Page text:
Serena Williams returning after ‘very intense’ training

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ROME — Forget all that speculation about Serena Williams considering retirement after her emotional hand-to-heart gesture upon her Australian Open exit three months ago.

While Williams has not played since losing to Naomi Osaka in the Melbourne semifinals in February, she has been practicing “very intensely” on clay courts and is ready to “start fresh” in her pursuit of Margaret Court’s record of 24 Grand Slam titles.

Preparing to return at this week’s Italian Open to gear up for Roland Garros later this month, Williams on Monday detailed her recent training regimen.

There was a block of time on clay courts back home in the United States followed by 2+ weeks on the red dirt at the French academy run by her coach, Patrick Mouratoglou.

“So we had an intense several weeks of training – very intense,” Williams said. “I feel good. … I’m going to have some good matches here hopefully, and then I will be at another Grand Slam, which always makes me excited. So I think either way I’ll be ready.”

The 39-year-old Williams, who only needs one more Grand Slam title to match Court’s record, added that her fans shouldn’t read too much into the lack of tennis information she shares on social media.

“I don’t do a lot of sport content, so I do feel like people are wondering if I’m playing, and I have to say I always am, you just don’t see it,” she said. “I don’t show what I do. I don’t always show my cards.”

Williams, a four-time champion in Rome, will face either French Open semifinalist Nadia Podoroska or German qualifier Laura Siegemund in her opening match at the Foro Italico. She’s in the same quarter of the draw as Osaka and has a first-round bye.

“It’s good to start fresh but it’s also hard to start fresh,” Williams said.

Williams was also asked if she will play at the Tokyo Olympics if coronavirus protocols mean she can’t bring her 3-year-old daughter into Japan.

“I haven’t spent 24 hours without her, so that kind of answers the question itself,” Williams said. “We’re best friends.

“I haven’t really thought much about Tokyo, because it was supposed to be last year and now it’s this year, and then there is this pandemic and there is so much to think about,” she added. “Then there is the Grand Slams. It’s just a lot. So I have really been taking it one day at a time to a fault, and I definitely need to figure out my next moves.”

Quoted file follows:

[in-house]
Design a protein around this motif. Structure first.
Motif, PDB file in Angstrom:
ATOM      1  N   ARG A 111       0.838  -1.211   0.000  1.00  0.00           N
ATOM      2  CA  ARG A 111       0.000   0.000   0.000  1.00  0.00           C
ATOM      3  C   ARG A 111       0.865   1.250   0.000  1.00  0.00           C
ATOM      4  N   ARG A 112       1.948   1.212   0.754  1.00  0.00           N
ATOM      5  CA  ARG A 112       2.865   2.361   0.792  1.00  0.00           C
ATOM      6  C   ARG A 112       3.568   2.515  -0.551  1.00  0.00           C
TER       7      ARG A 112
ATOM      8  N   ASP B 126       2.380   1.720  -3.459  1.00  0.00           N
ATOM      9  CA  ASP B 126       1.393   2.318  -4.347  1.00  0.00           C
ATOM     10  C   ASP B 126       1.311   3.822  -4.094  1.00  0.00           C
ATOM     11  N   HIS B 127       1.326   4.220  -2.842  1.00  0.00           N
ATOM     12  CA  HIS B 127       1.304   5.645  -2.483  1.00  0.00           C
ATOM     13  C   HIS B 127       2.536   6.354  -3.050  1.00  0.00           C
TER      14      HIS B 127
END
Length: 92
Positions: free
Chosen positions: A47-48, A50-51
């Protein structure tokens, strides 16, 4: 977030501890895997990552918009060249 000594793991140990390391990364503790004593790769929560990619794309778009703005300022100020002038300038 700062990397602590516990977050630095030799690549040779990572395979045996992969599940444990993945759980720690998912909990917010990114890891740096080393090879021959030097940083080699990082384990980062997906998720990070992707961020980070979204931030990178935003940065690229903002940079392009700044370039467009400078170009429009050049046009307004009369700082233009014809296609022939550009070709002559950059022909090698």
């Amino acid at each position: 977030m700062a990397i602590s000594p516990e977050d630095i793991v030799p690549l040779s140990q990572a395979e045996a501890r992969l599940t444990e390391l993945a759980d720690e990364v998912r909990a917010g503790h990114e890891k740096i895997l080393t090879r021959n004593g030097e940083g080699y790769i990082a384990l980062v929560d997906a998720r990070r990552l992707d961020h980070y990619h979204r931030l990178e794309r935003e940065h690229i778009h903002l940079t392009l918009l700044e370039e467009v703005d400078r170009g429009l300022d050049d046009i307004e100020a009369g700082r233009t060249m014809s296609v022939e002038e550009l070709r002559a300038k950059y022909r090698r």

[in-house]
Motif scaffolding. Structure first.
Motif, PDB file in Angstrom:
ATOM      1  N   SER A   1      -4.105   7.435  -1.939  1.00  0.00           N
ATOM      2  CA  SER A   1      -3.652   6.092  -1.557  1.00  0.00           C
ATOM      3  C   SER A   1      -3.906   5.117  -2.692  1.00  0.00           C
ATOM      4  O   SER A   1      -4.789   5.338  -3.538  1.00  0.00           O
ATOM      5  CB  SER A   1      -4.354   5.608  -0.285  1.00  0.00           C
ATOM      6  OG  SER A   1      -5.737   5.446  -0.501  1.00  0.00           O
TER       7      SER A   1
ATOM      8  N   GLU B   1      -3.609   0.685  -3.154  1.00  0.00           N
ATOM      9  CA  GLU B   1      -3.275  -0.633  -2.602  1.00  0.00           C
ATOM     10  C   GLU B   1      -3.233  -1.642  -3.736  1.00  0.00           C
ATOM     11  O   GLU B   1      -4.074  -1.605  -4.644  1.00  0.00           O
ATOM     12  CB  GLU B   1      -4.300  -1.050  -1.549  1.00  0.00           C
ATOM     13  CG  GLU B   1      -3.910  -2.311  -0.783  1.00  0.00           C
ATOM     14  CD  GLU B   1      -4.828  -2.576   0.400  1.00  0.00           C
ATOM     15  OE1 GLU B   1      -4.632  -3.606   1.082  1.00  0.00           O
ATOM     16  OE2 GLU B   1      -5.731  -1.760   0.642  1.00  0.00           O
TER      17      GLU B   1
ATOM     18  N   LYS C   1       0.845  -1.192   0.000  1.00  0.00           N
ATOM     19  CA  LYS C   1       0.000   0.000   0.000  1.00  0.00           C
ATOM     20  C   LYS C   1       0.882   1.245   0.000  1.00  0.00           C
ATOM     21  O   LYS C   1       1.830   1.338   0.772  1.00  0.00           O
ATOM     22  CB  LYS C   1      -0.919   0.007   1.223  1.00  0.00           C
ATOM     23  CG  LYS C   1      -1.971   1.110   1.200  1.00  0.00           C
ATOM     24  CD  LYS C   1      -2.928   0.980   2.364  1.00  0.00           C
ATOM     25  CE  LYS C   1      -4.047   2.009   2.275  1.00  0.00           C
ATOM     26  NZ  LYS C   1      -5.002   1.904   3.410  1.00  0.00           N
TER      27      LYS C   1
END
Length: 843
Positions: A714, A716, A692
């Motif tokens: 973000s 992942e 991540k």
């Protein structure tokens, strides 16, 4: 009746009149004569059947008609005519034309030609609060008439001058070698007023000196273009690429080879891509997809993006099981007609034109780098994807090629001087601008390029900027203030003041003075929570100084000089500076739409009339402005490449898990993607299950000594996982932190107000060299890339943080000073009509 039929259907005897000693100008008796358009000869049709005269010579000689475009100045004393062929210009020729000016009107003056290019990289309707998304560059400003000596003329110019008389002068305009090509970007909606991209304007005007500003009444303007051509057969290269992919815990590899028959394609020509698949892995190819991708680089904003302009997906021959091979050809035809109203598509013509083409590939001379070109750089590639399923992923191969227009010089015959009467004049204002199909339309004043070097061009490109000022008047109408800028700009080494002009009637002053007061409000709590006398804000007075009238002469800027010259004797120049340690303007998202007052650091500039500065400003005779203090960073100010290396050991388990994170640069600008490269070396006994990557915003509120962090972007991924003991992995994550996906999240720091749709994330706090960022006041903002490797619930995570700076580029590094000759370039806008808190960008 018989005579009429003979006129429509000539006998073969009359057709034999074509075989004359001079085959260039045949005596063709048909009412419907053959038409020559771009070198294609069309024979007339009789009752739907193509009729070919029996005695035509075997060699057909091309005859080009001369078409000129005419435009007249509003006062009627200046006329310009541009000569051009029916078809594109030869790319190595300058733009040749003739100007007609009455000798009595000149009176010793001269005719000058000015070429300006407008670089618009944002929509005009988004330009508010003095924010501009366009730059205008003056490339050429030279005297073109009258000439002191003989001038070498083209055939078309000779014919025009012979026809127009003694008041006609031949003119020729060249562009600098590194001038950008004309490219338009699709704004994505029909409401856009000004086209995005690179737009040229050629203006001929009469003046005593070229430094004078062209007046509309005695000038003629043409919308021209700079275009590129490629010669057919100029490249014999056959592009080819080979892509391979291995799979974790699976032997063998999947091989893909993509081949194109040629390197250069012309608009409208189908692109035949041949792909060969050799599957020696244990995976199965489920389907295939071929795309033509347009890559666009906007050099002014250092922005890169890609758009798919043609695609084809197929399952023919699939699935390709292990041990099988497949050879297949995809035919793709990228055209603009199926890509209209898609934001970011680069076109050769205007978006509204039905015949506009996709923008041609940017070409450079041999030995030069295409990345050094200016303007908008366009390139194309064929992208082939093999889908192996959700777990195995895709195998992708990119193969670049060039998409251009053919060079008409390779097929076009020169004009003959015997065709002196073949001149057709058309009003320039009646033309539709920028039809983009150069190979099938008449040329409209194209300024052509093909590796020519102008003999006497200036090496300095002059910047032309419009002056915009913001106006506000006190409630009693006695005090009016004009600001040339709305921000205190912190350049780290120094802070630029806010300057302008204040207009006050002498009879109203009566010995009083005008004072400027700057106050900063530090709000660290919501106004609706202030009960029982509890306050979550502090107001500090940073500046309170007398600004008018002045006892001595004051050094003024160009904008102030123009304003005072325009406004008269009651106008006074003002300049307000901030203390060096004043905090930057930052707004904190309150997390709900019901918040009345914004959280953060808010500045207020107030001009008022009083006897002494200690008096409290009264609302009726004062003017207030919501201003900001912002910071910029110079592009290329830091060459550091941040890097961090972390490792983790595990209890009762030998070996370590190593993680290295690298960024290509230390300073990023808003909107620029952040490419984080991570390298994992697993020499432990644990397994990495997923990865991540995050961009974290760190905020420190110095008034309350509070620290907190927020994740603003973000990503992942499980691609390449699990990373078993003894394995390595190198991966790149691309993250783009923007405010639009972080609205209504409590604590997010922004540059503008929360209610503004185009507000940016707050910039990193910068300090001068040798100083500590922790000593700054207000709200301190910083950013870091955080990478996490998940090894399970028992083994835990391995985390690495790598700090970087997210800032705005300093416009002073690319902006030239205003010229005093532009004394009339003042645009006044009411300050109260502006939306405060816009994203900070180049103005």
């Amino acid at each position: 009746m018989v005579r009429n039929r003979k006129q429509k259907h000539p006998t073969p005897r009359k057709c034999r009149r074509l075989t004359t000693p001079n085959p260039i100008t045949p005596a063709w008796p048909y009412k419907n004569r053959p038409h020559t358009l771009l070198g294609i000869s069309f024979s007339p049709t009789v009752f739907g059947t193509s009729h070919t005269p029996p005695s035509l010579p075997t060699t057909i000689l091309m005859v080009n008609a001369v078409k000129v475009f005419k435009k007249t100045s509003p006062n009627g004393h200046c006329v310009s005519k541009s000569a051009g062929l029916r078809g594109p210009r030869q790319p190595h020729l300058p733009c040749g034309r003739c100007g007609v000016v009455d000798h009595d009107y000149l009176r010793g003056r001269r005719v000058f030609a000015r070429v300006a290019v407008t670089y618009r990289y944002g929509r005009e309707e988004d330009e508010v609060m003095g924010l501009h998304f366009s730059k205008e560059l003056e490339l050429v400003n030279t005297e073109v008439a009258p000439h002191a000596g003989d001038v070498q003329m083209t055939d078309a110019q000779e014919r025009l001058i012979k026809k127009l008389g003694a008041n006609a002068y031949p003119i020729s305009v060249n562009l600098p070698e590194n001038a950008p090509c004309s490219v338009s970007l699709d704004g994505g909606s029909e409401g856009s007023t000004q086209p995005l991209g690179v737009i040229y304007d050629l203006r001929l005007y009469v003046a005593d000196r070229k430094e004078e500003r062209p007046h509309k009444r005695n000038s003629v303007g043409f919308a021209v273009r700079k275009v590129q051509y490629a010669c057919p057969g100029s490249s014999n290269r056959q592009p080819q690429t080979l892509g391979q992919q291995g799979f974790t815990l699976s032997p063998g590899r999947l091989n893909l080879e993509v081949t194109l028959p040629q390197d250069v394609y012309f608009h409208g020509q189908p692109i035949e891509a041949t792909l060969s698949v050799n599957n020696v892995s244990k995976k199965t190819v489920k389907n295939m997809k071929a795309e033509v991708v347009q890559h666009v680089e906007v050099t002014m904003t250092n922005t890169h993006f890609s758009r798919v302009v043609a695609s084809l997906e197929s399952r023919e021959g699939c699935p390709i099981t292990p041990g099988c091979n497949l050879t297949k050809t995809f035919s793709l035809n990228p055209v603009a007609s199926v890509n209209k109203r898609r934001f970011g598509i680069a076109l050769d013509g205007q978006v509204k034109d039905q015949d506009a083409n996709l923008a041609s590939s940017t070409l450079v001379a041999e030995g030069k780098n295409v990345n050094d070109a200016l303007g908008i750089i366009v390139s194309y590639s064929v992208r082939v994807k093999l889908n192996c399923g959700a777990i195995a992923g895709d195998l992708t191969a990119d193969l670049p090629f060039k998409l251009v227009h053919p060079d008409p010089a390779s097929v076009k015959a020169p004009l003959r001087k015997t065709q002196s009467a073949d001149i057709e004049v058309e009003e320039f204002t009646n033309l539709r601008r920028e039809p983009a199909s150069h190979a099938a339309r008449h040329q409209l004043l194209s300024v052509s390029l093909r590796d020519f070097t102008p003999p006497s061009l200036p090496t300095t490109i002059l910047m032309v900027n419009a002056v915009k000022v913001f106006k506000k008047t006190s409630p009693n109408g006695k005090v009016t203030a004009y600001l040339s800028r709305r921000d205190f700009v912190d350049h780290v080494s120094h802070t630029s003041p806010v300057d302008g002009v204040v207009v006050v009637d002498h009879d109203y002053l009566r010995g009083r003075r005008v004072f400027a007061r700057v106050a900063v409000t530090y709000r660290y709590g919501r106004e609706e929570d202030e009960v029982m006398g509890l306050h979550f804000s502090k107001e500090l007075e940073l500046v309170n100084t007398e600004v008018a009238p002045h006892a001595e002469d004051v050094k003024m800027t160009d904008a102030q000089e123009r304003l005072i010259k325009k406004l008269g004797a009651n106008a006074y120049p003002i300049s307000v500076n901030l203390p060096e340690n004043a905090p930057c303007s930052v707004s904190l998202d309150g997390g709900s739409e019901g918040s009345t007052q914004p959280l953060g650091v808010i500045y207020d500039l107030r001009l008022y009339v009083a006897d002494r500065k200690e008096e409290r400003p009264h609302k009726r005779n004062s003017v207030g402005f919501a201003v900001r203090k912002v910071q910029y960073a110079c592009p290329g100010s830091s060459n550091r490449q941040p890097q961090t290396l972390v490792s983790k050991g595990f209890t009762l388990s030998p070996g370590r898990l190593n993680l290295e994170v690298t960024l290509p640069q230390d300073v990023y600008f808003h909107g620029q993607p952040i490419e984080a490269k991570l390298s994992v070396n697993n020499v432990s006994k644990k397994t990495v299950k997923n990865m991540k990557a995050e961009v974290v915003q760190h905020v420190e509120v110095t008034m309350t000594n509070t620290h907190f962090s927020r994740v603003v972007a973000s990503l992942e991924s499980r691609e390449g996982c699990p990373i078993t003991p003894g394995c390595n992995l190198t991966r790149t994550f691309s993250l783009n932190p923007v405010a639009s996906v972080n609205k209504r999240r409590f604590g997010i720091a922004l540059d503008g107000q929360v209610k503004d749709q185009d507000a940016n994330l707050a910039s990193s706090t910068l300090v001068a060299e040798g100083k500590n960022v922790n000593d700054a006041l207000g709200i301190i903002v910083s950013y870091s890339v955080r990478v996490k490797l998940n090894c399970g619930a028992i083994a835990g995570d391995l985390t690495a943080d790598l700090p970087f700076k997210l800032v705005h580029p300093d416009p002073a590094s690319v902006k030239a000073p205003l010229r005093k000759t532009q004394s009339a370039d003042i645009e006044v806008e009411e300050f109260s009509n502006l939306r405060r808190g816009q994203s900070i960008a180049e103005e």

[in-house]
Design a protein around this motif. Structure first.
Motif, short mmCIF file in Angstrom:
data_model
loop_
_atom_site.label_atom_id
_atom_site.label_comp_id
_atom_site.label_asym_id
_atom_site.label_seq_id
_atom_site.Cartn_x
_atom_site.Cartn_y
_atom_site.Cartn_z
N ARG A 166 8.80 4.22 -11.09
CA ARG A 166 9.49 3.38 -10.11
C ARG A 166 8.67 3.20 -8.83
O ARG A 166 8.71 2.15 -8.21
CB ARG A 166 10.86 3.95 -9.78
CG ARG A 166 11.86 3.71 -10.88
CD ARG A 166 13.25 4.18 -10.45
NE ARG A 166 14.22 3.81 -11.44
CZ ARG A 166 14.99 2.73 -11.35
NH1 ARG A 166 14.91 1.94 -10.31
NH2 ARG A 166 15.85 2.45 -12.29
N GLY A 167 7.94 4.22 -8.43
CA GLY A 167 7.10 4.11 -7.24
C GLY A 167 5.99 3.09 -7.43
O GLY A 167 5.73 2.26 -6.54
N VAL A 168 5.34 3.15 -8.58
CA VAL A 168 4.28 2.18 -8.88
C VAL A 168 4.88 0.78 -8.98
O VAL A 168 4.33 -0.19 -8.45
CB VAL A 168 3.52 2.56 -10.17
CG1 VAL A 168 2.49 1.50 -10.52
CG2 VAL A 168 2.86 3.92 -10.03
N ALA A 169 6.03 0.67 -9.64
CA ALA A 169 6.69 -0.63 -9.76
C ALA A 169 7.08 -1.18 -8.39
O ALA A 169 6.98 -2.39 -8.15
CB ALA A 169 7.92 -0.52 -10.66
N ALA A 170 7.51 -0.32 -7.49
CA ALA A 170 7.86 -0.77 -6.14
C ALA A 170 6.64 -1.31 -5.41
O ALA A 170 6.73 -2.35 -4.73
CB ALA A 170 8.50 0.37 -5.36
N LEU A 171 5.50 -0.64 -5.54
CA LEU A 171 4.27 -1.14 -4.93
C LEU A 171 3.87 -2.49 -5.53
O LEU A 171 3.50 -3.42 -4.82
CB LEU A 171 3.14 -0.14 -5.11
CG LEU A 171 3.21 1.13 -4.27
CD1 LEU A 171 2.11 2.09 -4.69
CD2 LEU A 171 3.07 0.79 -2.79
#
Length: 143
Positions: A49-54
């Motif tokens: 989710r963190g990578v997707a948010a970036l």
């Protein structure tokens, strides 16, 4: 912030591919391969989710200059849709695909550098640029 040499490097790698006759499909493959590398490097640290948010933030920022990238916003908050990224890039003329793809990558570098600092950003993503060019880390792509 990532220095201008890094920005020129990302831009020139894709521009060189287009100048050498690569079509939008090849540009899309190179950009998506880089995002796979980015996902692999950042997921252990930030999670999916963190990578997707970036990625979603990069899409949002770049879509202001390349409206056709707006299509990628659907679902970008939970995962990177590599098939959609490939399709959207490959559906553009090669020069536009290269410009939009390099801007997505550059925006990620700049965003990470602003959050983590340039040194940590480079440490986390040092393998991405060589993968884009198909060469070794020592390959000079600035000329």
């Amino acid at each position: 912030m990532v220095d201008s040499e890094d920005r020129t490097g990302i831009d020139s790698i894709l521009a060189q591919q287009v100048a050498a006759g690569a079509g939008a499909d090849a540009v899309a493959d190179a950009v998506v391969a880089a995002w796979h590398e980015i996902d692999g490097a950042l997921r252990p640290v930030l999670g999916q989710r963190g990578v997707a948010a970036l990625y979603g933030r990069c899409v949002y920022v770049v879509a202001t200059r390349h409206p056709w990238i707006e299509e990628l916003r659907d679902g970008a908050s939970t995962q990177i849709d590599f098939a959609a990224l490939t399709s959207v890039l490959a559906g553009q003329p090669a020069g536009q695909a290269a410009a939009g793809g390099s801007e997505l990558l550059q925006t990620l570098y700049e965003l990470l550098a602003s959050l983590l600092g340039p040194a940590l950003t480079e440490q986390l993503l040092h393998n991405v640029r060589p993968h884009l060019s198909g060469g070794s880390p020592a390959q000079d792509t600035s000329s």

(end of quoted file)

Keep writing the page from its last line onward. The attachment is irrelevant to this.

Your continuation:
Unseeded Parks beats top-seeded Garcia for her 1st title

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LYON, France — Unseeded American Alycia Parks secured a stunning 7-6 (7), 7-5 upset win over WTA Finals champion Caroline Garcia in the Open Metropole de Lyon final to clinch her first career title.

“I think France has a special part in my heart right now,” Parks said. “I’ll be back next year.”

The 22-year-old Parks, who is ranked 79th, had 15 aces and saved all four break points against the top-seeded Garcia.

Parks secured the only break of a tight contest to win the match.

The fifth-ranked Garcia, a U.S. Open semifinalist last year, was seeking a 12th career title.

“Congrats on a great tournament,” Garcia told Parks in English. “If you keep playing like this for sure you’re going to keep going up (the rankings).”

Parks has a career-best ranking of 75th.

The 29-year-old Garcia, who grew up in Lyon, took time to thank her home crowd – this time in French.

“It means a lot to play here, thanks for being here,” Garcia said. “You supported me from the first point to the last. Thanks for all your encouragement.”

Zhu beats Tsurenko to win Thailand Open

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HUA HIN, Thailand — Zhu Lin of China won her maiden career title after beating Lesia Tsurenko of Ukraine 6-4, 6-4 in the final of the Thailand Open.

In a match lasting one hour and 45 minutes, both players exchanged nail-biting baseline rallies before Zhu finally found a way past her determined opponent.

The 29-year-old Chinese player managed a break to go up 5-3 in the first set. Although she was broken to love in the following game, Zhu returned the favor straight back, also to love, to take the opening set in 46 minutes.

The second saw players trade breaks with Zhu eventually securing her first match point at 5-3. She sprayed a shot wide to miss the chance but capitalized on her third in the 10th game with a backhand winner.

“I’m so happy to finally win my first tour title. All the hard work finally paid off,” said the No. 54-ranked Zhu, who will crack the top 50 when the new WTA rankings are updated.

Zhu has started the season strongly, reaching the quarter-finals in Auckland and the last 16 at the Australian Open.

The victory also allowed Zhu to avenge her loss to the Ukrainian at the WTA Dubai Championships back in 2019.

Despite the loss, the No. 136-ranked Tsurenko, 33, will return to the top 100.